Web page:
Consumer expert uses 6p vegetable to stop bread going mouldy and stale

Consumer expert Tom Church shows how shoppers can save money with these food storage hacks

Slice white bread on a chopping board
The method keeps bread fresher for longer, argues the consumer expert

Nothing can beat fresh bread in the morning for buttery toast or for making scrumptious sandwiches at lunch – but it can be difficult to keep bread fresh for long.

Most people decide to stick it in the freezer to stop it from going mouldy or stale, but then it takes time to defrost and doesn’t quite taste the same.

And amid the cost of living crisis where the price of staple supermarket goods has risen, you don’t want to be wasting food unnecessarily.

Luckily, a consumer expert has shared his top tip for keeping bread fresher for longer, which could save you just over £31 a year on loaves.

Tom Church stores a vegetable in the bread bag to keep it fresher for longer


Getty Images)

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Tom Church, co-founder of money-saving community, has revealed his hack for storing bread with a stick of celery – which can cost 47p for a bunch from Tesco or 49p from Sainsbury’s.

A bunch of celery typically contains eight or nine stalks, so you’re looking at around 6p a stalk per loaf.

“If you’ve ever opened your loaf of bread to make a sandwich, only to discover that it’s gone mouldy, consider placing a stick of celery into the bread bag,” Tom suggests.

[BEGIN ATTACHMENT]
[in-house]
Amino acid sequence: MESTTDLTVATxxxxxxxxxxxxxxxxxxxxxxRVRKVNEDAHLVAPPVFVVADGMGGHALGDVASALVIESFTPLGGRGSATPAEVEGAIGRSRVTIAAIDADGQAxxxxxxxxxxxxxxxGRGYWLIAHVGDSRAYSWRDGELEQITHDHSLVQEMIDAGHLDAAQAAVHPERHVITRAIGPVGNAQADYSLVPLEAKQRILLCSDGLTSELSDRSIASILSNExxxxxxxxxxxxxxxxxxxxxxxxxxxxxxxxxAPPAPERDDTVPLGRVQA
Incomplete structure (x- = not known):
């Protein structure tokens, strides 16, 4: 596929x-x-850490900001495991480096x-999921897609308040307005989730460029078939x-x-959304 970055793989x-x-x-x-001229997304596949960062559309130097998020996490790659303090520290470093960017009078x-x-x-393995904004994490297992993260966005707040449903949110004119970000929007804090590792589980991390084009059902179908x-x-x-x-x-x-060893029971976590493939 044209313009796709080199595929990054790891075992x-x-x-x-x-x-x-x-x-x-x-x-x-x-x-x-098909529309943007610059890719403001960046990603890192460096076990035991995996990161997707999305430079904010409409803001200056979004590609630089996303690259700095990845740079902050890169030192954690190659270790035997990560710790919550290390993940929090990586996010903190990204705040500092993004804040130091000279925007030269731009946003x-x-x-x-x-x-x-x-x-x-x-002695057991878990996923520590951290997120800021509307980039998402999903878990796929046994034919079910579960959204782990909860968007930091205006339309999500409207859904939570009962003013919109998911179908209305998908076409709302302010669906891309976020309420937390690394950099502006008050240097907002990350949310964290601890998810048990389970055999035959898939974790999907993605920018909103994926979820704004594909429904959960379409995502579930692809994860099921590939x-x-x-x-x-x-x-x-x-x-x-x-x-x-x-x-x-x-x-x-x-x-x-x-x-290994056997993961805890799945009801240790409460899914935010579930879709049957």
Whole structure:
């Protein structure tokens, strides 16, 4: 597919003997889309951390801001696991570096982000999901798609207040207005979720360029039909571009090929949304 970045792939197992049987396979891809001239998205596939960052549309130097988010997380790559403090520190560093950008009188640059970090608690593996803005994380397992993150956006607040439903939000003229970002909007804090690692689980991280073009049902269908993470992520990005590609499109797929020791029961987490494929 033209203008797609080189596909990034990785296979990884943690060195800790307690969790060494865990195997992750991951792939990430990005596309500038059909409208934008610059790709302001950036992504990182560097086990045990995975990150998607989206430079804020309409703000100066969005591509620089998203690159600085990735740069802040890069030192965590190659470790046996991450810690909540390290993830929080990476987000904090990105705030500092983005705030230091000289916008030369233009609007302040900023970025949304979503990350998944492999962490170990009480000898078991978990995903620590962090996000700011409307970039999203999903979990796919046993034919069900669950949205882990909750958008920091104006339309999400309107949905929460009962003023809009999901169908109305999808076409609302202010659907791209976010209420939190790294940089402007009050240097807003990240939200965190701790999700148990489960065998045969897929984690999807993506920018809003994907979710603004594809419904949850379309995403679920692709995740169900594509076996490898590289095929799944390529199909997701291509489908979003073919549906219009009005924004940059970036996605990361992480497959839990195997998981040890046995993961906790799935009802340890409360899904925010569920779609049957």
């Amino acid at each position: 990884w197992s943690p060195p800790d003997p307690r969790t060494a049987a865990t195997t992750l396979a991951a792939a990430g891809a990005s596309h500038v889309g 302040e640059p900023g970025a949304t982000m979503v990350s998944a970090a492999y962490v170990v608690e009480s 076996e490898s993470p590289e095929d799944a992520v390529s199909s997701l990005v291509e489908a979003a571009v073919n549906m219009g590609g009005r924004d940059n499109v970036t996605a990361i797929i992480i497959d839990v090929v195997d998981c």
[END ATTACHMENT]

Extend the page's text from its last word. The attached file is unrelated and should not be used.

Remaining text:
“It may sound odd, but the bread will absorb the moisture provided by the celery and, in turn, remain fresh.

“Your loaf won’t become dry and mouldy at the same rate, so your chances of getting a sandwich together will increase.”

Simply place a stick of celery inside the bread bag


Getty Images/Science Photo Library RF)

He adds: “If you buy bread such as the £1.20 Hovis Soft White Medium weekly and only buy half as much due to this hack, you’d be saving just over £31 a year.”

The method also gives you a healthy snack option by using the other sticks of celery from the bunch.

Meanwhile, Tom also says he uses a vinegar hack for strawberries that can see them last for up to two weeks.

The consumer expert also has a hack for strawberries


Tom Church)

Have you tried either hack? Let us know in the comments.

He washes the summer fruit with one cup of white vinegar to three or four cups of water.

“Dry them thoroughly and place them in a container with paper towels,” Tom explains.

“Not only will this remove any pesticide residue, but you’ll also be able to eat these strawberries for up to two weeks.

“If you were buying a £3 punnet of strawberries a week and halving your spending with this hack, you’d save £78 a year!”

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